Native to eastern and southern Asia. There are more than 3,000 named kinds of camellias, and the range in color, size, and form is remarkable. The genus includes the plant from which we get tea, but most garden plants are robust shrubs that flower in winter or spring.
Includes a number of varieties formerly listed as sasanquas but differing in their later, longer bloom and heavier-textured flowers.‘Chansonette’
Vigorous, spreading growth to 3–6 ft. high, 8–10 ft. wide. Large, bright pink, formal double flowers.‘Shishi-Gashira’
One of the most useful and ornamental shrubs. Low growing (3 ft. high and 6 ft. wide), with arching branches that in time pile up tier on tier to make a compact, dark green, glossy-leafed plant. Leaves are rather small for a camellia, with medium-fine foliage texture. Flowers are rose-red, semidouble to double, 2–2 1/2 in. wide, heavily borne over a long season—fall through winter in a good year. Full sun or shade.‘Showa-No-Sakae’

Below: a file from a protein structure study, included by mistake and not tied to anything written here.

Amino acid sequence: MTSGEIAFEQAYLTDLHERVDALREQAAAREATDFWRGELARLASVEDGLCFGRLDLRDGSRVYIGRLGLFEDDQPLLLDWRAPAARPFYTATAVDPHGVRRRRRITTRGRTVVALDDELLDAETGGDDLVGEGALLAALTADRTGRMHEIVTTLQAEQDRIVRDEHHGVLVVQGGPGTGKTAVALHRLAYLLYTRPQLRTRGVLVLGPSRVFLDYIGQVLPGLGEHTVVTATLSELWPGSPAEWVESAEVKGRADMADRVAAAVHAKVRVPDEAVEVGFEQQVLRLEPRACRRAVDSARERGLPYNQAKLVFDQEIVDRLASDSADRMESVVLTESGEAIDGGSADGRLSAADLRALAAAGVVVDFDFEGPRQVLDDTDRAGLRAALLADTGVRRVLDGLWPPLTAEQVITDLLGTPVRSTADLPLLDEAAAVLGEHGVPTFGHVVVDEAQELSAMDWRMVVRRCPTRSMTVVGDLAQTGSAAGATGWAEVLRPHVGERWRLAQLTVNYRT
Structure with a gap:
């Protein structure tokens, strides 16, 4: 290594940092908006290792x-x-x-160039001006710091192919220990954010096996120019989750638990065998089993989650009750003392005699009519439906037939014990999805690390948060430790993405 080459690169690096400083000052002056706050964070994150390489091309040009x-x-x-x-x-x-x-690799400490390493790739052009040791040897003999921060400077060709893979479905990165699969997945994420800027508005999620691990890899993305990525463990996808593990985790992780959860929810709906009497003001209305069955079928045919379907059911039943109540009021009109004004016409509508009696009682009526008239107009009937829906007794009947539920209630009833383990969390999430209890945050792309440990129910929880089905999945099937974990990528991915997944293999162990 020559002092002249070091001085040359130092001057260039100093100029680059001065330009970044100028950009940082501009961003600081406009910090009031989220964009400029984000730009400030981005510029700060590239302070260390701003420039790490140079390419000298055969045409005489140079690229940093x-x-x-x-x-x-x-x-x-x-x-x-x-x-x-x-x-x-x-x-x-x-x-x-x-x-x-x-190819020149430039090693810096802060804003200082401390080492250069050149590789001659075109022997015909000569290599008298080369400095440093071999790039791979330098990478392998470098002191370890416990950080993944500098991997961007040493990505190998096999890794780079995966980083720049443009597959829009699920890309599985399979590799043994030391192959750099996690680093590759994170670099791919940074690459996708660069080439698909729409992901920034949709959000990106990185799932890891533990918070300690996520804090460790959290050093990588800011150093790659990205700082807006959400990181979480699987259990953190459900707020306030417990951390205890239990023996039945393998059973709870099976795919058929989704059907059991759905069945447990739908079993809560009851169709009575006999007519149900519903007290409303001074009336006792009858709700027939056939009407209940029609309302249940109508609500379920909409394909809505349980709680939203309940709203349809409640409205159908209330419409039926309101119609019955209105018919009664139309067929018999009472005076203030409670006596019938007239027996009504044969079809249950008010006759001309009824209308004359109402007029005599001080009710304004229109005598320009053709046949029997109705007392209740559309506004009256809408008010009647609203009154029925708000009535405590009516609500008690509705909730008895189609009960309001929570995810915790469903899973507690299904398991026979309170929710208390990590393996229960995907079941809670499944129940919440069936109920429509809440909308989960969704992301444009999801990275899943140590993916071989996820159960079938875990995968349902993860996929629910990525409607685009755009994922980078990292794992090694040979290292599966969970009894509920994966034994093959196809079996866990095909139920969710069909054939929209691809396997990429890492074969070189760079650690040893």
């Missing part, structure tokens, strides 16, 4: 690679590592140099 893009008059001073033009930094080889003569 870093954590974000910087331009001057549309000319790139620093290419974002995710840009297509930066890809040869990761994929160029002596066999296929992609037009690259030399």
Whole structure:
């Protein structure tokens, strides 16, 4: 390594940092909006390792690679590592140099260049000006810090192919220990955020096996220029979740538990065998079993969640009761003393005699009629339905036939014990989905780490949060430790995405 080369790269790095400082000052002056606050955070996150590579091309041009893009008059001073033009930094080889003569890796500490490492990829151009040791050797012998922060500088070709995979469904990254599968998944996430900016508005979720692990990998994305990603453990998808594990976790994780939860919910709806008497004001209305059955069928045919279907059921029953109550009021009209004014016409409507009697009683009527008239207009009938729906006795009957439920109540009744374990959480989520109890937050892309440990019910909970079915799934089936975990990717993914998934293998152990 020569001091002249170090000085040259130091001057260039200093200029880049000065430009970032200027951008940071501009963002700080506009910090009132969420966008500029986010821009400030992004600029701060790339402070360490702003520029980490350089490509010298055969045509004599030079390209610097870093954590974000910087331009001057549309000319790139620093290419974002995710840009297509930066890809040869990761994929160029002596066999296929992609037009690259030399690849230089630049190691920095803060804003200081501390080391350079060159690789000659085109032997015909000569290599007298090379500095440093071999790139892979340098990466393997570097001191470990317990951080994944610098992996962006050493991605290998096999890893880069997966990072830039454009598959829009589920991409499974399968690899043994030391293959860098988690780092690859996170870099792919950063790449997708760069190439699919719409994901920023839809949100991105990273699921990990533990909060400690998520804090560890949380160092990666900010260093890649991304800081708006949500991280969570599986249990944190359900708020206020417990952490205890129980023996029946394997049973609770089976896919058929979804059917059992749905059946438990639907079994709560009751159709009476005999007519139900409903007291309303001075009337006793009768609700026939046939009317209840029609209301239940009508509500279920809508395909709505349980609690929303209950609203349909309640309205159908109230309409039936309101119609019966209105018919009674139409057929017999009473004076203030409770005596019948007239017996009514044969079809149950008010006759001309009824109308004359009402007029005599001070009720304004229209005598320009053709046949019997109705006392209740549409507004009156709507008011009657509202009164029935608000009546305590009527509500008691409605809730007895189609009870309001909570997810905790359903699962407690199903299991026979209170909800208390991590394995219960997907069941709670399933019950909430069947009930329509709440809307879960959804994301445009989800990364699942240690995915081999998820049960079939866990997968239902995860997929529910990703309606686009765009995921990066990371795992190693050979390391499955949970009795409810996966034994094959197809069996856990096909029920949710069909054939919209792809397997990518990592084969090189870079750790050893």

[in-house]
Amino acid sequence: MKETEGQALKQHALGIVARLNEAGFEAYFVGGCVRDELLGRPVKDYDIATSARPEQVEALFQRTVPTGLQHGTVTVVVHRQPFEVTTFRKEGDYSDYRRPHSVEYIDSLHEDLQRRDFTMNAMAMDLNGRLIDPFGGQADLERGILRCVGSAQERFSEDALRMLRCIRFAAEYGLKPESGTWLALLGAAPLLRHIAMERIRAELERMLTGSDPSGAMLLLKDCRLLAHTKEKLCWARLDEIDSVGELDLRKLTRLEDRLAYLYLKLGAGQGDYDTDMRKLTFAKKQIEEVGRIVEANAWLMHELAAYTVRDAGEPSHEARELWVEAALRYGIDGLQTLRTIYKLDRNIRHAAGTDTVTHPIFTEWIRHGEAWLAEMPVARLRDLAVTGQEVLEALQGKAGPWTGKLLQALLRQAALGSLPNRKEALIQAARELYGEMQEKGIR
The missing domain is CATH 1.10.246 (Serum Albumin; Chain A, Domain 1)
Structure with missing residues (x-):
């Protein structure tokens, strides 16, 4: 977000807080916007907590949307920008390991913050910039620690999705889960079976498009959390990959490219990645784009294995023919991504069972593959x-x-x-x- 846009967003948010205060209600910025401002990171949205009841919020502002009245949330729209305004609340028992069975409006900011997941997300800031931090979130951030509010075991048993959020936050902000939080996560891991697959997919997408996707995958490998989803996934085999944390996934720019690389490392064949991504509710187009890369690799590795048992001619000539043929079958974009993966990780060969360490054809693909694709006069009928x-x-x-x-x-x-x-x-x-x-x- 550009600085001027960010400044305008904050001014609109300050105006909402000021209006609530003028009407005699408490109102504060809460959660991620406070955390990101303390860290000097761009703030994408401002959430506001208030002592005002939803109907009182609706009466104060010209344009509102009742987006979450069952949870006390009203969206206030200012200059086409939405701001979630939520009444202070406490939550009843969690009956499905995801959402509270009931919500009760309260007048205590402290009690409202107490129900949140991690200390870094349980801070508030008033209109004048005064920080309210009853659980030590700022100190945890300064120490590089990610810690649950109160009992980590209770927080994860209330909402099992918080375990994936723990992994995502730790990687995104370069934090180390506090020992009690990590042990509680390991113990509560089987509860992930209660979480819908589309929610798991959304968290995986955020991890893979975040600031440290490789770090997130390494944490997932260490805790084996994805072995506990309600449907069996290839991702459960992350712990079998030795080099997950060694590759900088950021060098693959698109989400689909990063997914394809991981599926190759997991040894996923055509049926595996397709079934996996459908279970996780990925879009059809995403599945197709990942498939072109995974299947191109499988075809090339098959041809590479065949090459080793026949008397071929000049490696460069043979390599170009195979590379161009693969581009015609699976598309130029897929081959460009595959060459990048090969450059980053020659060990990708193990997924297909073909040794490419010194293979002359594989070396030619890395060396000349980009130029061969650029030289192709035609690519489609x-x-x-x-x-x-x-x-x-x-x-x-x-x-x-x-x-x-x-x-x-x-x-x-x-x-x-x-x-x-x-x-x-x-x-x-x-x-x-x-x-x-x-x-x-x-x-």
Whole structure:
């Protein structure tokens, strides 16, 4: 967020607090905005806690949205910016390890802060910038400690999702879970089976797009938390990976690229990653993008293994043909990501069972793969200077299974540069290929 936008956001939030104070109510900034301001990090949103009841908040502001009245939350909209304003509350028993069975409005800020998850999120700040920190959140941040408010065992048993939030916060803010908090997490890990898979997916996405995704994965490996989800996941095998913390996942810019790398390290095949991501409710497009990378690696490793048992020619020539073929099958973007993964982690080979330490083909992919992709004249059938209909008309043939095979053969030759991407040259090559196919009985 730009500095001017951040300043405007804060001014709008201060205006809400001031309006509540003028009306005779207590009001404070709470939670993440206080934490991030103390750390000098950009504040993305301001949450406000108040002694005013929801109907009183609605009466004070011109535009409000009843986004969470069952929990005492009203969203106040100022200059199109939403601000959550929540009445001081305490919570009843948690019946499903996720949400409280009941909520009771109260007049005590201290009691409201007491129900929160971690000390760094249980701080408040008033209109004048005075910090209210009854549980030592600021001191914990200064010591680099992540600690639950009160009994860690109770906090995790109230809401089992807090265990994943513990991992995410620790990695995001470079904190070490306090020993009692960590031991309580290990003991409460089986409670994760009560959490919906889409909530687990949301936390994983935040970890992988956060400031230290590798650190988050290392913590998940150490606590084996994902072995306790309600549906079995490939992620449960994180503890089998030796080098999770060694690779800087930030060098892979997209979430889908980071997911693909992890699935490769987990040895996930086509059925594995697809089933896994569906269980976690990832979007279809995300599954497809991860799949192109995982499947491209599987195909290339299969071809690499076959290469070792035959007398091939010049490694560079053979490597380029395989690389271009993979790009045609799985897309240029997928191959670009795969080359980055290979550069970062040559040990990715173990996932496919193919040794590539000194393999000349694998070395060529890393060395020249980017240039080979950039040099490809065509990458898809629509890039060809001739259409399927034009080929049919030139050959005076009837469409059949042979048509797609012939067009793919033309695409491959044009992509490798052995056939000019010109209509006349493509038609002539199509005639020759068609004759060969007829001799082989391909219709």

Fairly fast, open growth to 3 ft. high, 6–8 ft. wide, with arching branches that make it good as an espalier or in a hanging basket. Semidouble to double flowers of soft pink.
Camellia japonica is the plant most gardeners have in mind when they speak of camellias. It i...
Early to midseason. Medium-large, light pink peony-form flowers. Profuse bloomer. Vigorous upright gro...
Medium-size, very hardy fan palm (to 10°F/–12°C or lower). Moderate to fast growth to 30...